1) All parents do not abuse their children, even in private and even when they wouldn't get caught if they were clever;
2) All bosses and teachers are not unkind, even in private and even when they wouldn't get caught if they were clever;
3) All stronger people do not abuse weaker people, even in private and even when they wouldn't get caught if they were clever; in fact, many of them go out of their way to teach, give, and help, and draw both a personal pride and a selfless pride from offering shelter and sharing knowledge.
It may be that "modern governmental power" corrupts, and it may be that corrupt people tend to seek "modern governmental power," but this is a far cry from "power corrupts." Naturally, a worthily-bashable dead white male was the one most popularly credited with the claim that power corrupts; even more naturally, it was one of the bloodviles, English royal line from some of the heights of the British empire. Descendants of Milton would, of course, fawn over the literary notion of "Satan," and love the idea that power must necessarily corrupt, freeing them of responsibility for millions of starving serfs, and the horrors of the state-funded BSDM chambers that still drive so much of their rotting tourist revenue today.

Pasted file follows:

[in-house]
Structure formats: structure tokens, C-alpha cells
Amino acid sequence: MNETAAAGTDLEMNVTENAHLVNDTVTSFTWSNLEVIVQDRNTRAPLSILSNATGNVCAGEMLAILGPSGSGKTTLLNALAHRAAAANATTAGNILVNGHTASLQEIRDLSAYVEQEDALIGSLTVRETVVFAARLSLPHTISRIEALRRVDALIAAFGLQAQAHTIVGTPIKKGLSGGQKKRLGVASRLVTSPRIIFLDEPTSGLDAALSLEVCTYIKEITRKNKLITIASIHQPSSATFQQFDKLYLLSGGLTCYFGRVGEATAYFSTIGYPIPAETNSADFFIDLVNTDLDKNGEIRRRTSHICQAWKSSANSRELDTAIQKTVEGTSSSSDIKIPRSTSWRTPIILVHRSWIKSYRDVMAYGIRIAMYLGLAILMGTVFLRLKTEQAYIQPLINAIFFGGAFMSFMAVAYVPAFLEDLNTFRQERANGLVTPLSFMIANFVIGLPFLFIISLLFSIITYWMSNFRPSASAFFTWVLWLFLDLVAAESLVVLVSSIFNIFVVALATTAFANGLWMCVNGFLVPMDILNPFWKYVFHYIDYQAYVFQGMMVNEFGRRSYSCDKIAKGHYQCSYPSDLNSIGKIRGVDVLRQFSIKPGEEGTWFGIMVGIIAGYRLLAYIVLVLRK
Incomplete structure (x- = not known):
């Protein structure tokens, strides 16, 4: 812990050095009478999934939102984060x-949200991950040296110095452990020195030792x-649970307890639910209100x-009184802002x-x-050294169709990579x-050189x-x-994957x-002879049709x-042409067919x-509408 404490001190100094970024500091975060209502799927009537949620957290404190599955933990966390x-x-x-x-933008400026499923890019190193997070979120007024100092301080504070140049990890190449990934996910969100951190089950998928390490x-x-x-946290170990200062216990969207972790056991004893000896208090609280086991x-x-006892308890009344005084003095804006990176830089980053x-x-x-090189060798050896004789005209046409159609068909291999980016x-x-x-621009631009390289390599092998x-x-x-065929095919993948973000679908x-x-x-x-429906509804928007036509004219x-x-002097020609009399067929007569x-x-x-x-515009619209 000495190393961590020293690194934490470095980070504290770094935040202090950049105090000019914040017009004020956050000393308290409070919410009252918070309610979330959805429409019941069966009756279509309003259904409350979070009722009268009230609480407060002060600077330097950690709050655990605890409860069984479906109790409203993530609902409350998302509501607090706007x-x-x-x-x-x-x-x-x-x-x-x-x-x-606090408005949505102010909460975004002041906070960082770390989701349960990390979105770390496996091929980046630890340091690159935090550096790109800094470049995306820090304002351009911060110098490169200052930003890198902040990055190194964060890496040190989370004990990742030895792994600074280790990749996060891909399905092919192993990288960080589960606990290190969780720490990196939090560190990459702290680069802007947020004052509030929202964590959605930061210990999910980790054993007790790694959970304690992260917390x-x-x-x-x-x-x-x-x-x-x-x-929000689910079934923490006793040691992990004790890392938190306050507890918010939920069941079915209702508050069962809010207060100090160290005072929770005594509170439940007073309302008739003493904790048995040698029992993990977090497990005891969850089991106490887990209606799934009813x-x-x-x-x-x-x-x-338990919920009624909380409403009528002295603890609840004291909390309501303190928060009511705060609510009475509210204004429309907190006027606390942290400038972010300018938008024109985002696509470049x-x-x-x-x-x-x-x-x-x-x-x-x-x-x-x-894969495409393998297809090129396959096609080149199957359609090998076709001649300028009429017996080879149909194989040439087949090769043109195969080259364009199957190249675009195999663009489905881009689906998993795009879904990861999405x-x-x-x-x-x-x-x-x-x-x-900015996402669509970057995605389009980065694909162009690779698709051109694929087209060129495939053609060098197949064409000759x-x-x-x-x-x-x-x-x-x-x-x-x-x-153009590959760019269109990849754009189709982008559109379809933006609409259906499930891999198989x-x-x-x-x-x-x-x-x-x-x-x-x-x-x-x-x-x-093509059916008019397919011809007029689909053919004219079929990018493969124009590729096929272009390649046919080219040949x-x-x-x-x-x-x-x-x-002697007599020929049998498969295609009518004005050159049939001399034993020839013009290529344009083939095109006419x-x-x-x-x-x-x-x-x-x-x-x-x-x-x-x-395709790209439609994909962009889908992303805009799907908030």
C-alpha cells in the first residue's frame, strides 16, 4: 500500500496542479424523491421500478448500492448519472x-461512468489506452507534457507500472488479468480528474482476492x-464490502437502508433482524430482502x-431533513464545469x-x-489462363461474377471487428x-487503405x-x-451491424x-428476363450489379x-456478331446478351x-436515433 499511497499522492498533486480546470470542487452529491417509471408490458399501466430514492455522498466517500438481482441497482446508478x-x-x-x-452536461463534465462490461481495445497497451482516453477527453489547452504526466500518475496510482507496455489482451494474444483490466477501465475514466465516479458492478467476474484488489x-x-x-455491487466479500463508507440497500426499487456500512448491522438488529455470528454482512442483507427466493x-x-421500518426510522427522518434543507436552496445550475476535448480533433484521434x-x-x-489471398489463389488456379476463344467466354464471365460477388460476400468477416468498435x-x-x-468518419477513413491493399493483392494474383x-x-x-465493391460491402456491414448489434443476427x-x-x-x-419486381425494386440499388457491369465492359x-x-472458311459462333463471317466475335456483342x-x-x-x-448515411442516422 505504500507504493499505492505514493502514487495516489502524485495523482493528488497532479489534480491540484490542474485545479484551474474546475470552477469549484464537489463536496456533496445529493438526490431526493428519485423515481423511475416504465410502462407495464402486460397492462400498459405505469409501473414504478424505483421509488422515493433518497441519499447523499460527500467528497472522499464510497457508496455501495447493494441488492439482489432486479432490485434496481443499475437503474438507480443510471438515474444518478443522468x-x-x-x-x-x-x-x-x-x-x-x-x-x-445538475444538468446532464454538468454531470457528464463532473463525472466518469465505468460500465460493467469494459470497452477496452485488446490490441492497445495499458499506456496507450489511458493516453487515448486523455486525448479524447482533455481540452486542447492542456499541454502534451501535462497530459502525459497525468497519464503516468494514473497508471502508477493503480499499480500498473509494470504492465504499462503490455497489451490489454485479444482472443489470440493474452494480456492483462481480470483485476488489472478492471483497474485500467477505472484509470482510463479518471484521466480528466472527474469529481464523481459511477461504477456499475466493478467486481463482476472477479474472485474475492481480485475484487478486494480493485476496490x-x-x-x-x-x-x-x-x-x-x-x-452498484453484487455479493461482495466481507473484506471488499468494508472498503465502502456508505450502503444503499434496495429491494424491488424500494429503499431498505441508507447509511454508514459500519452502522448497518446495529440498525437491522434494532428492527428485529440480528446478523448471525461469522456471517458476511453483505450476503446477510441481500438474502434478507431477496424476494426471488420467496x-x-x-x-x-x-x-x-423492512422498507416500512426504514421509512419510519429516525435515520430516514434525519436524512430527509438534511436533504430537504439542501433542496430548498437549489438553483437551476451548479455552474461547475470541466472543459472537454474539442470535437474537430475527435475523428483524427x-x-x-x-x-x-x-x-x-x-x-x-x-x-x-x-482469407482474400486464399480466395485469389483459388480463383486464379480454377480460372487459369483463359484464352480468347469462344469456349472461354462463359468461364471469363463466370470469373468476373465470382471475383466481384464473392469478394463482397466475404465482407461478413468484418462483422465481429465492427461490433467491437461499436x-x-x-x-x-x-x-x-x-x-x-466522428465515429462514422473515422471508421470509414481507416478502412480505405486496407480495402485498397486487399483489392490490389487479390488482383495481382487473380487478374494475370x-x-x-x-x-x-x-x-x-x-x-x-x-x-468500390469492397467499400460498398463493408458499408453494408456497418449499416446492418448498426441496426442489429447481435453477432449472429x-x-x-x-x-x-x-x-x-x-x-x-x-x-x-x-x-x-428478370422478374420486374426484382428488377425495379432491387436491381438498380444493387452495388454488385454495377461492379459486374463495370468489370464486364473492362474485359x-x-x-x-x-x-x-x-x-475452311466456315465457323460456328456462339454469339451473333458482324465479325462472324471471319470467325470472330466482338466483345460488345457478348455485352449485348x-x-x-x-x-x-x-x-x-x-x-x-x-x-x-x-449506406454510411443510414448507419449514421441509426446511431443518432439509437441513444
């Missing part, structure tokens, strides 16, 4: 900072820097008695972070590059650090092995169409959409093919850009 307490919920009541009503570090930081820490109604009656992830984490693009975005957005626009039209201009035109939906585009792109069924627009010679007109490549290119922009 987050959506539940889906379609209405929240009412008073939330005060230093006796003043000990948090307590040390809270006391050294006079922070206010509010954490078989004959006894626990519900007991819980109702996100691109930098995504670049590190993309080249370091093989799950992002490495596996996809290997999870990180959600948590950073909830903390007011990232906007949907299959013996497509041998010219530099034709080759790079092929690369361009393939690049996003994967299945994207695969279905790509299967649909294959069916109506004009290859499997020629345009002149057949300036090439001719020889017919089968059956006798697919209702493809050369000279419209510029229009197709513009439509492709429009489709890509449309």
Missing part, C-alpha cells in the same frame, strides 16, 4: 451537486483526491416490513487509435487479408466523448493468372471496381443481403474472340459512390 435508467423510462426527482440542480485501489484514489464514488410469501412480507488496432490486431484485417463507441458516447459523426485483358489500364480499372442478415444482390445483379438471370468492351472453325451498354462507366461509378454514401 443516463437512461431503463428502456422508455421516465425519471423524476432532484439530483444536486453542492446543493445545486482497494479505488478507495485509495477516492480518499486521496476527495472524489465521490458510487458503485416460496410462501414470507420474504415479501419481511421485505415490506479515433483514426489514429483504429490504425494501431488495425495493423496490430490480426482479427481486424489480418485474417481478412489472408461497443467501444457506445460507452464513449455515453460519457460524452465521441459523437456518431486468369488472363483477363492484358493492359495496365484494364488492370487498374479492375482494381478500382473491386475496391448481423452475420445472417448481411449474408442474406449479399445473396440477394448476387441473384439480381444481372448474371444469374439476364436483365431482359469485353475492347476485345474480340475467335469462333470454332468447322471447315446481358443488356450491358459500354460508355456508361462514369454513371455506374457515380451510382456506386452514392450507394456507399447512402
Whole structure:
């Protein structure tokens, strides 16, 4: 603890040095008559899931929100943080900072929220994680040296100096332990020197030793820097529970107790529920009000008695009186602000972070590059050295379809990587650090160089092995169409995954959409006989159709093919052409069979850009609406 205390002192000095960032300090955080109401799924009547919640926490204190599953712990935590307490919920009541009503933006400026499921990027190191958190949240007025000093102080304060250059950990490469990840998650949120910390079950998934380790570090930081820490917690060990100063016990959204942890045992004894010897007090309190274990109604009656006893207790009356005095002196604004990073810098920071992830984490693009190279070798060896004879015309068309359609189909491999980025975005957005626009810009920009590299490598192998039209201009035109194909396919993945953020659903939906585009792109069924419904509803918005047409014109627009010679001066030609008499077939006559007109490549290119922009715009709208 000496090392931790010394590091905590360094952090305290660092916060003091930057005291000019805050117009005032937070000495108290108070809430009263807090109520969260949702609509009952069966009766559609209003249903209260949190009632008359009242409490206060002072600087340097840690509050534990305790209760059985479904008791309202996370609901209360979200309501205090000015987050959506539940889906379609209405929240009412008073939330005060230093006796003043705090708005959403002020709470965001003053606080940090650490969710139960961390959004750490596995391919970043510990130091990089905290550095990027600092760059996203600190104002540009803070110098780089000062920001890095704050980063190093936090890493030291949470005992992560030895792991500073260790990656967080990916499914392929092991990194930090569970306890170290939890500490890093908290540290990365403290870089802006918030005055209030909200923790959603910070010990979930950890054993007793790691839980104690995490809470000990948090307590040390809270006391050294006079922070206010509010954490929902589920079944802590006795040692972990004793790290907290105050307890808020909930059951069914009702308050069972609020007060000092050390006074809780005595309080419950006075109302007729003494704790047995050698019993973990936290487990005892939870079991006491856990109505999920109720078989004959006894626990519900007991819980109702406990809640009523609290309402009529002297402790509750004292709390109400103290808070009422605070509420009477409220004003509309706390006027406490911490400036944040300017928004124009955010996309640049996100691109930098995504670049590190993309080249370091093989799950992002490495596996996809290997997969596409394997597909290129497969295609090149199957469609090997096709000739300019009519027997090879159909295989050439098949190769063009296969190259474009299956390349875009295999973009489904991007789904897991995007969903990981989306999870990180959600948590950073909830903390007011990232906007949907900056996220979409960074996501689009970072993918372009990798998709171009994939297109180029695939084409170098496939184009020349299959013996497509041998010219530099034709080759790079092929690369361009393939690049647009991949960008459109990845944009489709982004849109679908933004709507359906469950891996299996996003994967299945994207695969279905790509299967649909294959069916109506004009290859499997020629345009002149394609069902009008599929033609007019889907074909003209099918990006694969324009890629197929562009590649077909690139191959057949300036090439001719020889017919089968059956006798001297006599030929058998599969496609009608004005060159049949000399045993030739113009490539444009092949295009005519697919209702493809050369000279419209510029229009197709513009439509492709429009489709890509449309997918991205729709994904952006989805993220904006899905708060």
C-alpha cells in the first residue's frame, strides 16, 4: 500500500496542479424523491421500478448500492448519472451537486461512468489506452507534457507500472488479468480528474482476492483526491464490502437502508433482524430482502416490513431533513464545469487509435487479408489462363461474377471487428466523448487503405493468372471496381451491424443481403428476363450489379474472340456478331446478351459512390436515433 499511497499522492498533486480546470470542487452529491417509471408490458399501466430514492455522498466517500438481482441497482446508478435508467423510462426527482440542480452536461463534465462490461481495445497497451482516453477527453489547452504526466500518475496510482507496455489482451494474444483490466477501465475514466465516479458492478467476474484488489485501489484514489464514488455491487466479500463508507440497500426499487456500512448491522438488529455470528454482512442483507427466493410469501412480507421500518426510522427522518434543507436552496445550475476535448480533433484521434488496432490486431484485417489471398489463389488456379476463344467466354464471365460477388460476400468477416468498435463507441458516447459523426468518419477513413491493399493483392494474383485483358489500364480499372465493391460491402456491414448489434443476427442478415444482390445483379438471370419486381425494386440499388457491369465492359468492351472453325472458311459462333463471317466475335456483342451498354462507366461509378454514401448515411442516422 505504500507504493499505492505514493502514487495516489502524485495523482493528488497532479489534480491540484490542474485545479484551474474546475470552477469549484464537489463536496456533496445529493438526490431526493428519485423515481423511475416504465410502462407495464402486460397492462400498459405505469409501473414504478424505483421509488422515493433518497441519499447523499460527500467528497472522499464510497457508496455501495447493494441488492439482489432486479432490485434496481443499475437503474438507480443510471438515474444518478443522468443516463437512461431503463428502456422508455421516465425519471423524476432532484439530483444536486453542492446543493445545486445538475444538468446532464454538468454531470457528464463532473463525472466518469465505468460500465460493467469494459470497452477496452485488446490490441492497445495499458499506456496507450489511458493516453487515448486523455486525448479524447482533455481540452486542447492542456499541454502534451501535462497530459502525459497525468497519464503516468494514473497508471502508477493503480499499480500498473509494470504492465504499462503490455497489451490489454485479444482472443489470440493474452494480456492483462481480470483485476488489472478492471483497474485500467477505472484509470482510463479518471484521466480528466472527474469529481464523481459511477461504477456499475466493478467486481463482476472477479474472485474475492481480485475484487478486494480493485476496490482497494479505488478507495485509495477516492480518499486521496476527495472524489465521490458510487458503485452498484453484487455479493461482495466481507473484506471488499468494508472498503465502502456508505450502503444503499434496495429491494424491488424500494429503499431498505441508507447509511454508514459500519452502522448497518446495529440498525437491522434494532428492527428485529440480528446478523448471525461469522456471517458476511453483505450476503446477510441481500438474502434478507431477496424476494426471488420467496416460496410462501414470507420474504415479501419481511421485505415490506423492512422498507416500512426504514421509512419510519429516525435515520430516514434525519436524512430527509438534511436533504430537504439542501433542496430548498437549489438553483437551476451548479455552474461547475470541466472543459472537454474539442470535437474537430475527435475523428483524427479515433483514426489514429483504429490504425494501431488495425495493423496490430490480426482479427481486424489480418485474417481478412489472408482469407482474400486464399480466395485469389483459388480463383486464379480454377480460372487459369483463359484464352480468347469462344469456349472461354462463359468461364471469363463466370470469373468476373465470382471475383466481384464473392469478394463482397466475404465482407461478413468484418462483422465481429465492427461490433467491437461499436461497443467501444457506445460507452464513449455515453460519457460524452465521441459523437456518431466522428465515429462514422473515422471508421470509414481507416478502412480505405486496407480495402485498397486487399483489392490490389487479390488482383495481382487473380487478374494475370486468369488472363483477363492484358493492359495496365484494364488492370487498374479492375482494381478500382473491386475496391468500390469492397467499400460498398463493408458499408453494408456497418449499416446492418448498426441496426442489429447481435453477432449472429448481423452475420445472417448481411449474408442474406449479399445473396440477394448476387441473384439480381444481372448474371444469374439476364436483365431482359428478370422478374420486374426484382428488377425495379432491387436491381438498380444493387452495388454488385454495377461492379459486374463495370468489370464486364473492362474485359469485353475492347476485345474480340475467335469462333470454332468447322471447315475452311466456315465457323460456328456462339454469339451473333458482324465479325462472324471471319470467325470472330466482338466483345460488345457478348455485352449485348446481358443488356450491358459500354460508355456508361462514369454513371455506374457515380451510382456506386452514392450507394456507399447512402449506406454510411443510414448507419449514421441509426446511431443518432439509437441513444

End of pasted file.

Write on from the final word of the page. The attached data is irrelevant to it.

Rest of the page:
Oh, boo hoo, I did something wrong, but it wasn't me; it was power. If power corrupts:
1) You have no hope, because anyone who gets power will abuse it, so human lives will always be either powerless and futile, or terrible and tyrannical;
2) It is wrong to try to get power to help people, because you're not trying to help people, you're just trying to get power in order to be corrupted and abuse people.
See how neatly Lord Acton's axiom spoils the waters for the human future? If power corrupts, everything has to suck. We accept the American genocides because we've spent two hundred years believing that we can have nothing better, since any leader will necessarily be evil--and it won't be their fault, because it was the fault of an abstract philosophical concept. This is the kind of excuse you'd expect a PHIL 101 student to try when caught cheating on the final--"I had to look, because hidden knowledge requires a search for knowledge!"--but it's not the kind of excuse we should accept from our historians, our teevees, our leaders, or most importantly, ourselves.